When in Dublin, a pub is an essential item for any itinerary but it is important to note the city offers a rich array of options for lovers of history, art and culture as well. For starters, all of Dublin’s museums are free. This means visitors can enjoy the National Museum of Ireland, National Gallery and Museum of Decorative Art and Natural History museum, all within easy walking distance of the city center, without paying admission costs. Travelers can also learn about the 1916 Irish uprising with a guided tour of Kilmainham Jail or wander around Dublin castle. Dublin also offers one of the best museums in Europe – the Chester Beatty Library. And finally, no visit to Ireland would be complete without a visit to St Patrick’s Cathedral.
When you’ve absorbed enough Irish history and art, reward yourself with a visit to the Guinness Storehouse where visitors can learn about the history of Guinness, see the Wicklow Mountains and the skyline of Dublin in Gravity Barand all while relaxing with a pint of Guinness.
For the travel literati, hit the books and learn about Ireland’s oldest college with a guided tour of Trinity College. As part of your tour, you get a ticket to see one of the greatest pieces of literary history the country has to offer – the Book of Kells. Enjoy the aroma of old books as you close out your tour with a stroll through The Long Room, a chamber straight out of Harry Potter.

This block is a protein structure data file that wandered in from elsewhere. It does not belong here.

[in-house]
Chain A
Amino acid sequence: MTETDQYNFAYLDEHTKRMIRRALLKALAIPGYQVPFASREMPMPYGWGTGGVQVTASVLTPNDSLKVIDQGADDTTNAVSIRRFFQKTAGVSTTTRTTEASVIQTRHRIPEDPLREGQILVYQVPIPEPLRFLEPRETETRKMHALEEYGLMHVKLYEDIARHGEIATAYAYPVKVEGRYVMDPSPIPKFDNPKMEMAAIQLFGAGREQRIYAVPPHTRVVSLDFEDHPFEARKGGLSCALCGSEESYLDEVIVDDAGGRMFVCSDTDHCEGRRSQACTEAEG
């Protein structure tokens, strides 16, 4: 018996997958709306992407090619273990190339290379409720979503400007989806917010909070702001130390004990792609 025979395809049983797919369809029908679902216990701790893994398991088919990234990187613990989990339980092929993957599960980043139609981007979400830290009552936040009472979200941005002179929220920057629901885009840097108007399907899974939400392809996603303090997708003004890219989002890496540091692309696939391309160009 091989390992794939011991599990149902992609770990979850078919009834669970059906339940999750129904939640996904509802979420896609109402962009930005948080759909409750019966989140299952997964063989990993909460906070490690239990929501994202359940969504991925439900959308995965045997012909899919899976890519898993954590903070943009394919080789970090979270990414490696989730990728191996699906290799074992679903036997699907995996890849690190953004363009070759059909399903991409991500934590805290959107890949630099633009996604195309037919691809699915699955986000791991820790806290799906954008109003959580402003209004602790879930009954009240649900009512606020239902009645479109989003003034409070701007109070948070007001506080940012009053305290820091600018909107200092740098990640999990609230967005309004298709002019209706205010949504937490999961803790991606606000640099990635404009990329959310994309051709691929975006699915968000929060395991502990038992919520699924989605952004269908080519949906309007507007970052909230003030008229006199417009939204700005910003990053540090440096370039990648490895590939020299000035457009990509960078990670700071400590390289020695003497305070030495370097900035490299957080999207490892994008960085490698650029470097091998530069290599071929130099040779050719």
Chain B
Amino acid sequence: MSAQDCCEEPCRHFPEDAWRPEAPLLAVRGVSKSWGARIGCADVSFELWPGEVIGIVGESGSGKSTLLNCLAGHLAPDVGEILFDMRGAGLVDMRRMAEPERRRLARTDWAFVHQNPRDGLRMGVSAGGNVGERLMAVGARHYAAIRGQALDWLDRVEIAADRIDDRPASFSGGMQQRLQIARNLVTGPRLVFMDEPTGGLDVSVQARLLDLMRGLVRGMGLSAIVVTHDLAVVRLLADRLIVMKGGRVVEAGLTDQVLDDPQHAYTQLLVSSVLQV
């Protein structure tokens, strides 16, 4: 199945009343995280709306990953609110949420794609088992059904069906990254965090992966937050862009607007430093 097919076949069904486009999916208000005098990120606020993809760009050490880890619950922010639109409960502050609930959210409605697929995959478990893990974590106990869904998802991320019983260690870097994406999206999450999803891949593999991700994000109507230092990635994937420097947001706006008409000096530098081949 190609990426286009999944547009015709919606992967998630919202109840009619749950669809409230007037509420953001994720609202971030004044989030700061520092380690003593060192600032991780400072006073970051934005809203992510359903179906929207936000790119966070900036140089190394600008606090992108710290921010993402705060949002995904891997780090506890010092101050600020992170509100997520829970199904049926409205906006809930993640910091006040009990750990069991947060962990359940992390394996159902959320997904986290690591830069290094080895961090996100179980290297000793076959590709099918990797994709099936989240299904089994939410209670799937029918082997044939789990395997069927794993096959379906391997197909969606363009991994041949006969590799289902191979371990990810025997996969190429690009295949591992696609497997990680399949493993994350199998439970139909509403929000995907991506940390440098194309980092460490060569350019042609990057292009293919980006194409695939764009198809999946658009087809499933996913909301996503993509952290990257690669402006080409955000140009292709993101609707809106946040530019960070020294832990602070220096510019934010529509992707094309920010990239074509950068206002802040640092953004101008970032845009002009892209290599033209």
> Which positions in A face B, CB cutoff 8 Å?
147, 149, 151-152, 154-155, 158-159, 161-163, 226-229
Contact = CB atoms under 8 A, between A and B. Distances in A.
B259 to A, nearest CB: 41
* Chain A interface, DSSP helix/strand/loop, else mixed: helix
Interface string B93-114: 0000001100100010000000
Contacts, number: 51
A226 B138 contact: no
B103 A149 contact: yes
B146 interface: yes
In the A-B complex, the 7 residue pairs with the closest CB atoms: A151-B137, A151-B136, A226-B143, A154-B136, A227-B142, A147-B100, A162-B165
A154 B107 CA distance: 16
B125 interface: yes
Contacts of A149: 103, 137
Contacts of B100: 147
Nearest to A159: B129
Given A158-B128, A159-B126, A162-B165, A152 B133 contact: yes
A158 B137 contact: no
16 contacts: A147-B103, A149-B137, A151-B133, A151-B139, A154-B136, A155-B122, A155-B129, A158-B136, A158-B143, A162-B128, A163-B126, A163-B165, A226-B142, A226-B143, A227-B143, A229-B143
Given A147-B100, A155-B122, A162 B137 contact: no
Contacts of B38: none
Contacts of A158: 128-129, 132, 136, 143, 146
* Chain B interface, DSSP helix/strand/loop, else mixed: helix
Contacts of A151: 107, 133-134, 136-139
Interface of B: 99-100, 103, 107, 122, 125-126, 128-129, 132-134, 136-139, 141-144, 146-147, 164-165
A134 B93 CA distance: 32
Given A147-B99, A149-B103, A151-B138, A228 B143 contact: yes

For sunny days and outdoor lovers, Dublin’s parks remind you that green is indeed the color of Ireland. Experience this first hand while wandering through the gardens of St Stephen’s Green, south of Trinity College or visit Merrion Square, which pays tribute to Oscar Wilde with a memorial statue. Finally, Phoenix Park has the largest green space in Dublin with bike rentals, wildlife, and a zoo.
While there is so much to see and do in Dublin, travelers can easily journey to places miles away in terms of scenery but just a few minutes outside Dublin on DART. Howth and Dun Laoghire are fishing villages offering hiking, leisurely strolls along the pier or some of the most beautiful Irish sunsets you will ever see.
Jeremy Branham is a budget traveler and college football fan who loves exploring California, the US and destinations around the world. When he isn't traveling, attending college football games and sporting events or hiking, he enjoys time at home with his family in Sacramento, California. He's been featured in publications such as The Washington Post and The Sacramento Bee. Follow his adventures and travel stories for a fun, unique look at travel on Budget Travel Adventures.